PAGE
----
January 27, 2005

Ways And Means

In the upcoming issue of the New Republic, Michael Crowley writes that Rep. Bill Thomas (R-CA)—the man who called a Social Security privatization a "dead horse"—may not be so fainthearted after all. To wit: "Thomas may be mercurial, arrogant, obnoxious, outspoken, and highly off-message. But, when this White House wants something, Thomas delivers." Seems about right, though it's a bit disturbing to find that some Democratic staffers and aides were downright exuberant after Thomas made his remarks. Suckers.

Anyway, that's not the main point here—the main point is the following passage, which I found interesting in an "Isn't Congress cool?" sort of way:
Few people remember now, but there was a time when the House Ways and Means chairman was a figure of titanic significance--often second in power only to the president himself. In January 1963, the committee's Democratic chairman, Wilbur Mills, was featured on the cover of Time magazine. (Mills was powerful enough to block, almost singlehandedly, the creation of Medicare for several years.) The next great Ways and Means chairman was another Democrat, Dan Rostenkowski, a Washington institution known as much for his steak-and-martini consumption as for being at the center of such epic Capitol battles as the 1983 Social Security reform, the 1986 tax reform, and the 1993 Clinton budget plan.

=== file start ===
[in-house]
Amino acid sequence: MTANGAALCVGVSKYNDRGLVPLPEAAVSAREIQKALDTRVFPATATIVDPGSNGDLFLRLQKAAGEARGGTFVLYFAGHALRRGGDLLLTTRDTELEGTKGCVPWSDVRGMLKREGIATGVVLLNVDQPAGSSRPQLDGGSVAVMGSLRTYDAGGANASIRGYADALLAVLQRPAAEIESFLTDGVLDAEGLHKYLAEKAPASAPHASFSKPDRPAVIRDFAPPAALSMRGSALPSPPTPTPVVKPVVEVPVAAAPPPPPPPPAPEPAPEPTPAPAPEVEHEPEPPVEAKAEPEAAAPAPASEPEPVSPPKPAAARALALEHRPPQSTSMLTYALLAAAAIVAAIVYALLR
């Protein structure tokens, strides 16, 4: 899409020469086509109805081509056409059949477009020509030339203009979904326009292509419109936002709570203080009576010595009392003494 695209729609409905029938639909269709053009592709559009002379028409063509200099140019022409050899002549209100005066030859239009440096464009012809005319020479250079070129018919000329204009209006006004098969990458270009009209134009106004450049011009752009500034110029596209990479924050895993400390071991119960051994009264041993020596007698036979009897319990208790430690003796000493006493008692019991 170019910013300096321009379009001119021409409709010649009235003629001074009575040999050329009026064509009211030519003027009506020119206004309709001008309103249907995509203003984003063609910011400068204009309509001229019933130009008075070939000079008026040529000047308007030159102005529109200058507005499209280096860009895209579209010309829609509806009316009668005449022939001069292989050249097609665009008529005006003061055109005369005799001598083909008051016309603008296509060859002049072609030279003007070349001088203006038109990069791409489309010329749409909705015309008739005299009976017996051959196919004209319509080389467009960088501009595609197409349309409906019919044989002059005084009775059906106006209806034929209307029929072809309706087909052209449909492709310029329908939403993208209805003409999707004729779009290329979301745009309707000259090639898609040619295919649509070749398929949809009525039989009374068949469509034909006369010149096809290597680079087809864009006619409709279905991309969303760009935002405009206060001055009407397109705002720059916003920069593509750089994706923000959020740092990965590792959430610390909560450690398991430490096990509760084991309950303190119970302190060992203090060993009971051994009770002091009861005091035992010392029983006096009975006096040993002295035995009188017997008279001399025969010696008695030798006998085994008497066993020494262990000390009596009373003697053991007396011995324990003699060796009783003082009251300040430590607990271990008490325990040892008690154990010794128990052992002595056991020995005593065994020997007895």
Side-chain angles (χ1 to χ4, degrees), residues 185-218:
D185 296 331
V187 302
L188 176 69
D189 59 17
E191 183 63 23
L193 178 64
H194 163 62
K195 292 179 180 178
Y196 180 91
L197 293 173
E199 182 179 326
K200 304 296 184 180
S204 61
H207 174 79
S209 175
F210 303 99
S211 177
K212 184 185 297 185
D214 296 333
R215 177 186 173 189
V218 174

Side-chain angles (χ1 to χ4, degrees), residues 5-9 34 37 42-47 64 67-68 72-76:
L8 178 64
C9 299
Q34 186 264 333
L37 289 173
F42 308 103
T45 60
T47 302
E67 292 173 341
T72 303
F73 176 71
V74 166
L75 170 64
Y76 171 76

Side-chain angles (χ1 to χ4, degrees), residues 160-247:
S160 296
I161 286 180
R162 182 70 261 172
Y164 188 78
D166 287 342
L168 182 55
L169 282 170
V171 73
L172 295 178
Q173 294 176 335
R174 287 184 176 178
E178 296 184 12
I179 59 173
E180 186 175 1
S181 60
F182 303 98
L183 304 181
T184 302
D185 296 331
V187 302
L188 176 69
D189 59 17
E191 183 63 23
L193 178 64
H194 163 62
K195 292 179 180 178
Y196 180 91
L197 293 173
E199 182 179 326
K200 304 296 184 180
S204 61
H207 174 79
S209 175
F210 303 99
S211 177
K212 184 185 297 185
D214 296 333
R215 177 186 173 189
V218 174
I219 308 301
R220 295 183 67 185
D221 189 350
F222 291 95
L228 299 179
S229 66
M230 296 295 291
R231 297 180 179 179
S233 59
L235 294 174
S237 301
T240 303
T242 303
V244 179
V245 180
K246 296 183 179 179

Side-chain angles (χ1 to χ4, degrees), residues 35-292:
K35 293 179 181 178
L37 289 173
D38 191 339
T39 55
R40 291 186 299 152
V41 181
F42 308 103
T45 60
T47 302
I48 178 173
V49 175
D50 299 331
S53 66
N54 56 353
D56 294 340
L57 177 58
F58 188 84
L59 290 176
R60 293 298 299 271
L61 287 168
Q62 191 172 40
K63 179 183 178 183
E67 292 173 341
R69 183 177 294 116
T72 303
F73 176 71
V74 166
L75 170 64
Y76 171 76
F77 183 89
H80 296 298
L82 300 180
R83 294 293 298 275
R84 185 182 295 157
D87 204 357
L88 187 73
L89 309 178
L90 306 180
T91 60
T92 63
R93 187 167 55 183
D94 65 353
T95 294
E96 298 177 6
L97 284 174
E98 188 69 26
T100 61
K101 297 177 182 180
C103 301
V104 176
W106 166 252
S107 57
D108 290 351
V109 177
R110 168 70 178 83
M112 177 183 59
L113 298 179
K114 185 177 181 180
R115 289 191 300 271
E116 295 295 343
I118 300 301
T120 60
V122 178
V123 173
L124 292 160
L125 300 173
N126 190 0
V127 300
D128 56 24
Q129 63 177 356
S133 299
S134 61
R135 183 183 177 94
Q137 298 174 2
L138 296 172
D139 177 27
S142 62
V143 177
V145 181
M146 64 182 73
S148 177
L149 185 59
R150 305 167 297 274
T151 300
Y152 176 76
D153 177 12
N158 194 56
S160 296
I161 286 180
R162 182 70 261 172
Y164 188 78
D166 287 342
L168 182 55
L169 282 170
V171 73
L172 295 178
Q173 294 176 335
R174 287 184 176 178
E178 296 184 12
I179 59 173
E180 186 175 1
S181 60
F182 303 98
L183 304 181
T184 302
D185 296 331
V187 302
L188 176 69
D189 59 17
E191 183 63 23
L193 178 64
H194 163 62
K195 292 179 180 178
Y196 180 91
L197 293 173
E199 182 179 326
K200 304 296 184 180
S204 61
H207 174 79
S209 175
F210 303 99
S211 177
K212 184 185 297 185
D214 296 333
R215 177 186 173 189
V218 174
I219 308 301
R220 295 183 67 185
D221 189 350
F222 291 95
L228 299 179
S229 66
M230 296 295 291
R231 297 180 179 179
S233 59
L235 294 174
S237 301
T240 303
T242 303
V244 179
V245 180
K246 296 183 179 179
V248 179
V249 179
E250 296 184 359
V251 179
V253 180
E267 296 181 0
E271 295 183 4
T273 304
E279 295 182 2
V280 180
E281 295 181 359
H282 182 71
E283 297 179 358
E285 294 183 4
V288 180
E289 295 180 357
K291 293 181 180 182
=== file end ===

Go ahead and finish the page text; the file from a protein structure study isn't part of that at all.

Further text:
When Republicans took control of the House in 1994, they imposed six-year term limits on the chairmanships of Ways and Means and every other committee. Chairmen today simply don't have the time to establish themselves as warlords like Mills, who served for 18 years, and Rostenkowski, who served for 14. It takes a few years to make a legislative mark--or to get your face among the political-celebrity caricatures that adorn the walls of the Palm steakhouse.
-- Brad Plumer 7:31 PM || ||